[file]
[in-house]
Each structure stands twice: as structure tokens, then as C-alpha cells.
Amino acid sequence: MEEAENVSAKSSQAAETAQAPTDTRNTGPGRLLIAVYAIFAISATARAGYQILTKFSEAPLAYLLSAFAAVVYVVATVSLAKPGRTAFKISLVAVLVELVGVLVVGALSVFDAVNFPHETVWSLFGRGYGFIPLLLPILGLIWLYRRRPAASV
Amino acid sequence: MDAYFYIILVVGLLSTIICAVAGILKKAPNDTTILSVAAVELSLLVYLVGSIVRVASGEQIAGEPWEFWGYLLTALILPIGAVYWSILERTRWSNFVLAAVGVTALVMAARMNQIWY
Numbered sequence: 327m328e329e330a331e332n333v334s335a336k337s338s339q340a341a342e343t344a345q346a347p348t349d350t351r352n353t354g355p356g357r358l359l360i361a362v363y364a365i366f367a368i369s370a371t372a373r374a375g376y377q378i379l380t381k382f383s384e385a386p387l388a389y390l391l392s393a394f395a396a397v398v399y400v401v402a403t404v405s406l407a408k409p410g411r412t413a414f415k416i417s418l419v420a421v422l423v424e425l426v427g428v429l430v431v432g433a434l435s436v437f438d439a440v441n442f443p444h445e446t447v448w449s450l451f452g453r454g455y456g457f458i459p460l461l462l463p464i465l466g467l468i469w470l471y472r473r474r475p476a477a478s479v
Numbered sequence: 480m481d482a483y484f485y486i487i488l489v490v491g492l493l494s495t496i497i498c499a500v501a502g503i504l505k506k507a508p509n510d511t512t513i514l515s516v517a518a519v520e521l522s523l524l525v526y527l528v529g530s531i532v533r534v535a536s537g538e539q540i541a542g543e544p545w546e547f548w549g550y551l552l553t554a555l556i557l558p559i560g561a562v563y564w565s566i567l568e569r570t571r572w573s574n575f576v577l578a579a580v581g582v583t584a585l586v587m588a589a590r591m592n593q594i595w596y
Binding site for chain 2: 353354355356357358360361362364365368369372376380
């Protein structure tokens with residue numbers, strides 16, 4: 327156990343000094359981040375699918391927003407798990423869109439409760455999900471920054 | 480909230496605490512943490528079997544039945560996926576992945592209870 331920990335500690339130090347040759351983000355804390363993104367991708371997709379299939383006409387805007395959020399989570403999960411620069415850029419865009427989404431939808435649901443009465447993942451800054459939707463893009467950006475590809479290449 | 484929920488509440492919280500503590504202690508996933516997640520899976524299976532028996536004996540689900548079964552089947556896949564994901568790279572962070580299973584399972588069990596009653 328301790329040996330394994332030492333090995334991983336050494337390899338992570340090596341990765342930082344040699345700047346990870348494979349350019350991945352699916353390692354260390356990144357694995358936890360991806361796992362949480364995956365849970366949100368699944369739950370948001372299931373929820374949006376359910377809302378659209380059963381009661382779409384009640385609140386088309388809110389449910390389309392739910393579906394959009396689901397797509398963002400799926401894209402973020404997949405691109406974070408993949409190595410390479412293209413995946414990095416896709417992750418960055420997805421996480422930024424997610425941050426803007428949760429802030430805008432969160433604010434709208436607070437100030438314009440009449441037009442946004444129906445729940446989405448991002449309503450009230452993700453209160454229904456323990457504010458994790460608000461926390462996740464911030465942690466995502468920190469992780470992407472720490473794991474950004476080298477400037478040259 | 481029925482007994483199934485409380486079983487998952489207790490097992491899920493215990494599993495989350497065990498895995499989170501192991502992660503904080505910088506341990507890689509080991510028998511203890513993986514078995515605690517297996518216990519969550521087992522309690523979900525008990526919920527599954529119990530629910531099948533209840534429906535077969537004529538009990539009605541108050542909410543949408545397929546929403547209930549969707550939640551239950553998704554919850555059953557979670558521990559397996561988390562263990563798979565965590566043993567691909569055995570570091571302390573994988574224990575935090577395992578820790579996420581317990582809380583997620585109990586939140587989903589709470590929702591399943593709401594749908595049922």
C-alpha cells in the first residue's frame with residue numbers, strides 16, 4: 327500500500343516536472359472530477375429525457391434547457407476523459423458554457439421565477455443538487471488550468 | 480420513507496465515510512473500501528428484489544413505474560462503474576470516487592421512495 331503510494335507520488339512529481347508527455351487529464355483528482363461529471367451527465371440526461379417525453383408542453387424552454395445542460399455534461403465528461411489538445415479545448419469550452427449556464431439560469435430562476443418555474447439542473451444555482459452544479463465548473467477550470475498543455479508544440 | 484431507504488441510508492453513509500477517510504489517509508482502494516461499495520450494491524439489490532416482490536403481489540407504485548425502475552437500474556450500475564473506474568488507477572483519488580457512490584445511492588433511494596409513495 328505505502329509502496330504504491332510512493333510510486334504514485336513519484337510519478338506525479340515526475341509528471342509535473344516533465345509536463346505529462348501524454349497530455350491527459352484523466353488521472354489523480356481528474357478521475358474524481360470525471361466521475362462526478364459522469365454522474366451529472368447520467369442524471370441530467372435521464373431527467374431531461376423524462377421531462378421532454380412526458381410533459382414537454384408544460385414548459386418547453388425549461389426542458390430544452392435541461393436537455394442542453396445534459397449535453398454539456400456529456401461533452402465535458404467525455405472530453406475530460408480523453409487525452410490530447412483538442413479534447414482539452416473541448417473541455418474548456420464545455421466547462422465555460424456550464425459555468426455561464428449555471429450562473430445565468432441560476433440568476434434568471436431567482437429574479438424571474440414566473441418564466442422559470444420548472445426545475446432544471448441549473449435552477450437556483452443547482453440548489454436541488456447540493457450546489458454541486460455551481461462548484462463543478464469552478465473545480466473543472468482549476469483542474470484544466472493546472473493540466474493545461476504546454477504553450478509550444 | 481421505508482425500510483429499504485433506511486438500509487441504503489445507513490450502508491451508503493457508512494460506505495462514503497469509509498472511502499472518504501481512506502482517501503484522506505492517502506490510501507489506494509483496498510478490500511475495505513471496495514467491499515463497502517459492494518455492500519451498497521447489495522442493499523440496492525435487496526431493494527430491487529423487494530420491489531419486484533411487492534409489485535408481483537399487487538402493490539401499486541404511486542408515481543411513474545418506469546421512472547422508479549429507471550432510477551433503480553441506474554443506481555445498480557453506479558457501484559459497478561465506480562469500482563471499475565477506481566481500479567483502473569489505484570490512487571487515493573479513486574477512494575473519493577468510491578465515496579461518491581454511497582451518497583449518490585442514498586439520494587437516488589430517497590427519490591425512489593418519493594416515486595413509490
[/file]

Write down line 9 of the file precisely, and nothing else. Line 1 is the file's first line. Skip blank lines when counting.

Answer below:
C-alpha cells in the first residue's frame with residue numbers, strides 16, 4: 327500500500343516536472359472530477375429525457391434547457407476523459423458554457439421565477455443538487471488550468 | 480420513507496465515510512473500501528428484489544413505474560462503474576470516487592421512495 331503510494335507520488339512529481347508527455351487529464355483528482363461529471367451527465371440526461379417525453383408542453387424552454395445542460399455534461403465528461411489538445415479545448419469550452427449556464431439560469435430562476443418555474447439542473451444555482459452544479463465548473467477550470475498543455479508544440 | 484431507504488441510508492453513509500477517510504489517509508482502494516461499495520450494491524439489490532416482490536403481489540407504485548425502475552437500474556450500475564473506474568488507477572483519488580457512490584445511492588433511494596409513495 328505505502329509502496330504504491332510512493333510510486334504514485336513519484337510519478338506525479340515526475341509528471342509535473344516533465345509536463346505529462348501524454349497530455350491527459352484523466353488521472354489523480356481528474357478521475358474524481360470525471361466521475362462526478364459522469365454522474366451529472368447520467369442524471370441530467372435521464373431527467374431531461376423524462377421531462378421532454380412526458381410533459382414537454384408544460385414548459386418547453388425549461389426542458390430544452392435541461393436537455394442542453396445534459397449535453398454539456400456529456401461533452402465535458404467525455405472530453406475530460408480523453409487525452410490530447412483538442413479534447414482539452416473541448417473541455418474548456420464545455421466547462422465555460424456550464425459555468426455561464428449555471429450562473430445565468432441560476433440568476434434568471436431567482437429574479438424571474440414566473441418564466442422559470444420548472445426545475446432544471448441549473449435552477450437556483452443547482453440548489454436541488456447540493457450546489458454541486460455551481461462548484462463543478464469552478465473545480466473543472468482549476469483542474470484544466472493546472473493540466474493545461476504546454477504553450478509550444 | 481421505508482425500510483429499504485433506511486438500509487441504503489445507513490450502508491451508503493457508512494460506505495462514503497469509509498472511502499472518504501481512506502482517501503484522506505492517502506490510501507489506494509483496498510478490500511475495505513471496495514467491499515463497502517459492494518455492500519451498497521447489495522442493499523440496492525435487496526431493494527430491487529423487494530420491489531419486484533411487492534409489485535408481483537399487487538402493490539401499486541404511486542408515481543411513474545418506469546421512472547422508479549429507471550432510477551433503480553441506474554443506481555445498480557453506479558457501484559459497478561465506480562469500482563471499475565477506481566481500479567483502473569489505484570490512487571487515493573479513486574477512494575473519493577468510491578465515496579461518491581454511497582451518497583449518490585442514498586439520494587437516488589430517497590427519490591425512489593418519493594416515486595413509490